By giving Doyle a voice of his own, author Harper has created a character as appealing as Holmes. Doyle is considerate and charming, with the formalities and vocabulary of the British gentleman of 1888. Doyle draws the reader into his confidence as the three develop a working relationship, navigate Victorian social rules as well as London’s dark and dangerous passageways, and encounter Jack the Ripper’s missives and victims. Margaret is tireless and Doyle’s growing feelings for her provide a quiet complication.

With deductive reasoning worthy of Sherlock Holmes, the three encounter danger and deceit on the way to identifying Jack the Ripper. The end is a heart-stopper.

DUST AND SHADOW by Lyndsay Faye delivers a more familiar construct in which Dr. John Watson narrates an investigation conducted by the famous detective Sherlock Holmes. Watson, as in the Conan Doyle stories, is the perfect everyman foil to his brilliant friend. Faye amps up the legendary Holmes formula, however, immersing the reader in the details of life with Holmes: his moodiness, restlessness, investigative prowess, the many trials of Mrs. Hudson the housekeeper. Holmes’s dialogue crackles with acerbic personality and sharp wit. I swear I heard Benedict Cumberbatch’s voice in my head.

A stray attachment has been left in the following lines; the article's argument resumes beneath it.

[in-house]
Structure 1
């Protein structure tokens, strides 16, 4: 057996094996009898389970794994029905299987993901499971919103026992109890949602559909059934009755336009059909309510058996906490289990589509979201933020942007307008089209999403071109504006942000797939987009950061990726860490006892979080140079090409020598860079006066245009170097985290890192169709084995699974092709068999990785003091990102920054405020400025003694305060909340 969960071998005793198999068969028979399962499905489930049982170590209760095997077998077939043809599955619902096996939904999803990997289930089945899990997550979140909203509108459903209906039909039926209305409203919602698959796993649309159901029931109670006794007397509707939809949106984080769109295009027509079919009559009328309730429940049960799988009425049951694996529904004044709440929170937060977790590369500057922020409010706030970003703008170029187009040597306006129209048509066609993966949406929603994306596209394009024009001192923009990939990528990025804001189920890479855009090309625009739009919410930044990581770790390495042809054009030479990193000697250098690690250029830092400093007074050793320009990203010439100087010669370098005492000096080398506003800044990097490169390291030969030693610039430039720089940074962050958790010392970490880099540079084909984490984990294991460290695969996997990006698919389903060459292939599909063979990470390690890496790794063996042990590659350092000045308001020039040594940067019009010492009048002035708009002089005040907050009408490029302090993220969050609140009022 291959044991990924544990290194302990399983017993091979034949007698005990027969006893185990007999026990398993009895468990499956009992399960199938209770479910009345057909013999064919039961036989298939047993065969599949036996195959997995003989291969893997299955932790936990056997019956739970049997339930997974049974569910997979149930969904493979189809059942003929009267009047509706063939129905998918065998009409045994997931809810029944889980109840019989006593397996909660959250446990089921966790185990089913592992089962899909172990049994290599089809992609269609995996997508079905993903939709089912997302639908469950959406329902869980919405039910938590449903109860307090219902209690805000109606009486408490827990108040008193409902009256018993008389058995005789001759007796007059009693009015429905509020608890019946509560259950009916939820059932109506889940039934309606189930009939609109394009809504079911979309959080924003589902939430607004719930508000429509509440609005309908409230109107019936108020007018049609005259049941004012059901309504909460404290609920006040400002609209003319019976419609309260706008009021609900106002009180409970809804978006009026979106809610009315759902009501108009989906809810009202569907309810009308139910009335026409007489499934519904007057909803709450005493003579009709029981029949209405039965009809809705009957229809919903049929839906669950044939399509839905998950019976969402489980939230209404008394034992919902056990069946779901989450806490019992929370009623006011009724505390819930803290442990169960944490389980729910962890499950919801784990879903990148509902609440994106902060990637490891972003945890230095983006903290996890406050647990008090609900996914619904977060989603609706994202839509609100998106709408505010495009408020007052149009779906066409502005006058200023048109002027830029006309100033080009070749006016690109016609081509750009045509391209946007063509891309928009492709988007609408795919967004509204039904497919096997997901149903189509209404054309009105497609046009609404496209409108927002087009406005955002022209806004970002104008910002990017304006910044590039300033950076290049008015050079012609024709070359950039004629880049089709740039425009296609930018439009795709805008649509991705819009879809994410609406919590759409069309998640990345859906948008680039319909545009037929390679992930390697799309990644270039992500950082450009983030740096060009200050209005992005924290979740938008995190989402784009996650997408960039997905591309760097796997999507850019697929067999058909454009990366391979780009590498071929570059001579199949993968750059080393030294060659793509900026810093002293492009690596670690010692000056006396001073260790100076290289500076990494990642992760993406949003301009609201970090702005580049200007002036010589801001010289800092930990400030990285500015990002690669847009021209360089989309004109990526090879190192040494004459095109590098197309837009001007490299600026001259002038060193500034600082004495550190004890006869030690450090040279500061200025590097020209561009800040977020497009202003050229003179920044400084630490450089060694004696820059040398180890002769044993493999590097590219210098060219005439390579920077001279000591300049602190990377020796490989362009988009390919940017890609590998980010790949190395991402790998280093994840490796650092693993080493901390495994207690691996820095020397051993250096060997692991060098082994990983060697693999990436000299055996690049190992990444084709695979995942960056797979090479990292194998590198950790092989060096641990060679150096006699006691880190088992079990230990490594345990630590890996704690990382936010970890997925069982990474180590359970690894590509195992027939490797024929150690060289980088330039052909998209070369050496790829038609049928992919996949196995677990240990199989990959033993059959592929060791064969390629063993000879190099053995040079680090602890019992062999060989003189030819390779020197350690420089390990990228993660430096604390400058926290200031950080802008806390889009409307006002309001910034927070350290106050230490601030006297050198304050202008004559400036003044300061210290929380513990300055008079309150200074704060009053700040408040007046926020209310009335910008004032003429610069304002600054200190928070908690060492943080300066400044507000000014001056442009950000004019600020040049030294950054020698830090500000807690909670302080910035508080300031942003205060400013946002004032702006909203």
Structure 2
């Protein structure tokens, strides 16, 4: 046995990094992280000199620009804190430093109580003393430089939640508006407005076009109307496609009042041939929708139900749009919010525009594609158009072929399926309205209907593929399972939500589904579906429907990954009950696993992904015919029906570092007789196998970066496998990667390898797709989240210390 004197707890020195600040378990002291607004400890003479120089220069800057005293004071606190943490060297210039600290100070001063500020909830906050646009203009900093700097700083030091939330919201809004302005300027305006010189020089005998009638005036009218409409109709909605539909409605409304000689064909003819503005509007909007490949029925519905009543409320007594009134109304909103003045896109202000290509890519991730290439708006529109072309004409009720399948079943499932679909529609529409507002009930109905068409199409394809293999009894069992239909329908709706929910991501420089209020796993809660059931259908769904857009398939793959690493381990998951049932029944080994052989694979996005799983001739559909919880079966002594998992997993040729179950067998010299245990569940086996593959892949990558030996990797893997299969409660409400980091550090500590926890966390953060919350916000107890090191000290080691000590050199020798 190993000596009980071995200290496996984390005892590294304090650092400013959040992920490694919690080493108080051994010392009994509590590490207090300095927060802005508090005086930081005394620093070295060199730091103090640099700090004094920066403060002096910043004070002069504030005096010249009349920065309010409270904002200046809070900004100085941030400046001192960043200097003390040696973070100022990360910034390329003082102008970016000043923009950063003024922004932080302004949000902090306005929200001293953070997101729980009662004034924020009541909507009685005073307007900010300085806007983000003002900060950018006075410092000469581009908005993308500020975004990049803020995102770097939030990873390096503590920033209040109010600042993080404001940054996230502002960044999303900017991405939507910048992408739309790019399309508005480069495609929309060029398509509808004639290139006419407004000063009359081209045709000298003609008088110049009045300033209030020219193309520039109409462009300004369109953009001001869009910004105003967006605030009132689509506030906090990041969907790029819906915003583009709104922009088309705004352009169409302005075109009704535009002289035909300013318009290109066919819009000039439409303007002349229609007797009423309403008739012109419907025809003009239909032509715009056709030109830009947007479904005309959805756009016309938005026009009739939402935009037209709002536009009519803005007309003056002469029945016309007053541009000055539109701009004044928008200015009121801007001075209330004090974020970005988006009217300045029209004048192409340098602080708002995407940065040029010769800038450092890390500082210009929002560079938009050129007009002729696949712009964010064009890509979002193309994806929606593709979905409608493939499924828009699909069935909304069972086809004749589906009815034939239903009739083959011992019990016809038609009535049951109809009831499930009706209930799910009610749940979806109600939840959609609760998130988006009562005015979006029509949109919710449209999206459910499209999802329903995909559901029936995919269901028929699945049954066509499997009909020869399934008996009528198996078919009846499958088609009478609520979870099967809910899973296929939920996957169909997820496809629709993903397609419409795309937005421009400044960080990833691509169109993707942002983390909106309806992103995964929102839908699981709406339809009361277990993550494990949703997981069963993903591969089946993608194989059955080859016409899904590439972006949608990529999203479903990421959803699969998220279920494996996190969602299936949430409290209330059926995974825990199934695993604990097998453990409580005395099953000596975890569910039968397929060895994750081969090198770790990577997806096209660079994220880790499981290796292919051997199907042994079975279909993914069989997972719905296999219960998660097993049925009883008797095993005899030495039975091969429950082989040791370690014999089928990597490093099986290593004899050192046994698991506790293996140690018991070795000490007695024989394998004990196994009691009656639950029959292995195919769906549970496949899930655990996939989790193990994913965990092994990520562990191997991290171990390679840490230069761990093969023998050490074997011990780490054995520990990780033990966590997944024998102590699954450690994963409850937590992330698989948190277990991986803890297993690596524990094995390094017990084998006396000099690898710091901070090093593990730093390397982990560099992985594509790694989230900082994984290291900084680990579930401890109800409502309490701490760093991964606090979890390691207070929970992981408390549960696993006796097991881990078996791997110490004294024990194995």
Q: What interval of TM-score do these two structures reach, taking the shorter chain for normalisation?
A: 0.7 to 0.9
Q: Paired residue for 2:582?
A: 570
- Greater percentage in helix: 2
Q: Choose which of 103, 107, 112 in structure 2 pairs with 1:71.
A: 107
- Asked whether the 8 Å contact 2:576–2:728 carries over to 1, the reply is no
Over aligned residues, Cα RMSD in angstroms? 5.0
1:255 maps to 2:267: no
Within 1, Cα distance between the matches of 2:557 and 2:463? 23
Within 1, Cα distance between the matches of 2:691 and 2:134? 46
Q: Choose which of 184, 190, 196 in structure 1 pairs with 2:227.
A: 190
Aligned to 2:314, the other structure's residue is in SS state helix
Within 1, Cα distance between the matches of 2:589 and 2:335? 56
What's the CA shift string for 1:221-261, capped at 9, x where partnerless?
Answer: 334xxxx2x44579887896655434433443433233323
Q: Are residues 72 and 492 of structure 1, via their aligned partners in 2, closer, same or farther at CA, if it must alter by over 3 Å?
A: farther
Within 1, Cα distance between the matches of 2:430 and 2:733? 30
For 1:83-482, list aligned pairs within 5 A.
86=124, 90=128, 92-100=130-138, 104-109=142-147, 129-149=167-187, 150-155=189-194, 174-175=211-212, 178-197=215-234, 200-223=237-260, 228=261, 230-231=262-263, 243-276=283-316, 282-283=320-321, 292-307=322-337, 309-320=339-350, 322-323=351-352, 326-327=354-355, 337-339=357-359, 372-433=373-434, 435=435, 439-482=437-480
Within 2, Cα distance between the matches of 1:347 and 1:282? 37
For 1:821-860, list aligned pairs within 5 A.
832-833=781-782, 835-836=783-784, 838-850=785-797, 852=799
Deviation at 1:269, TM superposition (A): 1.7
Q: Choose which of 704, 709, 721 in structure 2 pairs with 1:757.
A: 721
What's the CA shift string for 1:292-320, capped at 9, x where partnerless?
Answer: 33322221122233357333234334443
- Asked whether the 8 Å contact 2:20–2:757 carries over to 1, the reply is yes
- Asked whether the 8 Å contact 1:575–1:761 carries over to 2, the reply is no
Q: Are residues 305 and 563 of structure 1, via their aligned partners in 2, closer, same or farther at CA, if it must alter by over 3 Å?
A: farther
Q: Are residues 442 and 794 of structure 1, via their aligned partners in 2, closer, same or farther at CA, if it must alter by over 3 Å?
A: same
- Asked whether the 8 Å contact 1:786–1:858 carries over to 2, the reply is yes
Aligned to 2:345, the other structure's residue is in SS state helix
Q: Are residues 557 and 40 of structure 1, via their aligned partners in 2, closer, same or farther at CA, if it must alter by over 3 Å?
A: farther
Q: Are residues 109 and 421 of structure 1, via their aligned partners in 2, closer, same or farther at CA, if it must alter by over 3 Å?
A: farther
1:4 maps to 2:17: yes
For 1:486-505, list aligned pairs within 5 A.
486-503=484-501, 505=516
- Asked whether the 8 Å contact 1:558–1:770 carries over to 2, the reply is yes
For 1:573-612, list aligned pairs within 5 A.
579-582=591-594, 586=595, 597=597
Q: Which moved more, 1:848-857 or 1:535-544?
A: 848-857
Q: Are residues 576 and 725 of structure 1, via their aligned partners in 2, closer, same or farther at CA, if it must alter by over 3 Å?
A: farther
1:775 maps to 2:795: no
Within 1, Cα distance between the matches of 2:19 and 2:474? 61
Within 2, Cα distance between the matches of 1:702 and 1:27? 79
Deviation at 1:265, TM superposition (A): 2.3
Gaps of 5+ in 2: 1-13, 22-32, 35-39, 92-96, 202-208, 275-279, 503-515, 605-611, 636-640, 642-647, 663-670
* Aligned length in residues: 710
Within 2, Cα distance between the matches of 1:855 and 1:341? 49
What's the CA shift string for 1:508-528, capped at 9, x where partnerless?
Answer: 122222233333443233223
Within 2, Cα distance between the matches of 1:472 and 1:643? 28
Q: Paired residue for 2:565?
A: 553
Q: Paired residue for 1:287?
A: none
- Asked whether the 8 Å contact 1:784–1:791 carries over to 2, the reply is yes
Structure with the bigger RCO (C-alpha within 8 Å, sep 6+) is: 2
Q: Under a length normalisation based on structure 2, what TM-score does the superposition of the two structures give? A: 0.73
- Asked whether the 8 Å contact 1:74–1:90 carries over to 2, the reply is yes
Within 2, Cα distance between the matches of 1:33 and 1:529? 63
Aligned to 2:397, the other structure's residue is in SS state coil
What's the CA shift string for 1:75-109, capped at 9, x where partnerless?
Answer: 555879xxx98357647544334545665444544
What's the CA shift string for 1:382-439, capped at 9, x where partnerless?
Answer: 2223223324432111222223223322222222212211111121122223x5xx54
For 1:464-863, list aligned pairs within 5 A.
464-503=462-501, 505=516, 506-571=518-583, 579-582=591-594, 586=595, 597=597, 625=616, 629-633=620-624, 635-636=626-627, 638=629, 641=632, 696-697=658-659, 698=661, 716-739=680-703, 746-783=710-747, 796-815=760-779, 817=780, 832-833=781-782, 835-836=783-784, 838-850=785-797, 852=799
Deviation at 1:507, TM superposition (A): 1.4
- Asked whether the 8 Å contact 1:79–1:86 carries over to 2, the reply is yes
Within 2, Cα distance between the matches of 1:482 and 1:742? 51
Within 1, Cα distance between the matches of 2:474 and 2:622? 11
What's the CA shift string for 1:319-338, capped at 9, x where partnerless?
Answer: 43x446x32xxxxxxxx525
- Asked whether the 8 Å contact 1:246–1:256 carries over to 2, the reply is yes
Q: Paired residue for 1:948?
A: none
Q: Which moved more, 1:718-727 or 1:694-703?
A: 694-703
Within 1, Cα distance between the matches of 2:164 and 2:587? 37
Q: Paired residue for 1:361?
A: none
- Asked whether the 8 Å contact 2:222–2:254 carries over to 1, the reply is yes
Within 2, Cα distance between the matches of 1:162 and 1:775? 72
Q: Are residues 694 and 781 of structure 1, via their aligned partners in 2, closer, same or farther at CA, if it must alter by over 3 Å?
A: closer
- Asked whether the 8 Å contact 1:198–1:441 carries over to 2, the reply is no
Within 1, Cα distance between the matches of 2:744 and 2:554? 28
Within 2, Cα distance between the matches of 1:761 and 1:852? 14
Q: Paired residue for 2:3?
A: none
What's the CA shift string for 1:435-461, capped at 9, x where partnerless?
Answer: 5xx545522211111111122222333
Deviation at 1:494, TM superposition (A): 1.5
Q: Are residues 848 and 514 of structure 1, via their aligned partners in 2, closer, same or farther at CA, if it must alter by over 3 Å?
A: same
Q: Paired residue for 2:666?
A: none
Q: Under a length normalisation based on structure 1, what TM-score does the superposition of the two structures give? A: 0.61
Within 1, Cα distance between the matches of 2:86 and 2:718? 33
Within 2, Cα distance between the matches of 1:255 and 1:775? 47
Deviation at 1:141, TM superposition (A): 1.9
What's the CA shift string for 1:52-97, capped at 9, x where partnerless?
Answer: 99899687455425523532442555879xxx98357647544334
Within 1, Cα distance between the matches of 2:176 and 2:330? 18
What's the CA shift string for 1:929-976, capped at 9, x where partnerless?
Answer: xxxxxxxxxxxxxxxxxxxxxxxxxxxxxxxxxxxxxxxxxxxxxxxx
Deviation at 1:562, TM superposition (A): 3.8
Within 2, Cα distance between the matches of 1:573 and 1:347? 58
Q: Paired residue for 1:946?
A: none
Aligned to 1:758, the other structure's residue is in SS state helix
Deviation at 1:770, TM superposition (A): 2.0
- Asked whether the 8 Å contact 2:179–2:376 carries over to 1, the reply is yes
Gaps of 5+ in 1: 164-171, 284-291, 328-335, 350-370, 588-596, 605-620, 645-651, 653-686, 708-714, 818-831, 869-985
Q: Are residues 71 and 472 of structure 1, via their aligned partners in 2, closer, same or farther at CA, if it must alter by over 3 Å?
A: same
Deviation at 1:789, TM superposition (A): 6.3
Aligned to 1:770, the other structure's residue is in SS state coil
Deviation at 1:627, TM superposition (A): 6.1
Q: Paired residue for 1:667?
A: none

An investigative trio is also formed in DUST AND SHADOW when Holmes hires Mary Ann Monk, the friend of one of the Ripper’s victims. The investigation initially turns on the whereabouts of an Army man supposedly seen with an early Riper victim.

Warned by his Baker Street Irregulars—the group of street urchins that provide Holmes with intelligence—Holmes and Watson are able to arrive first on more than one murder scene. When Holmes is stabbed in pursuit of the Ripper, the gutter press begins to question if he is the killer.  With his credibility strained and vigilantes out to get him, Holmes goes undercover to ferret out the Ripper. Mary Ann and Watson carry on until the three reunite for a stunning and wholly believable climax.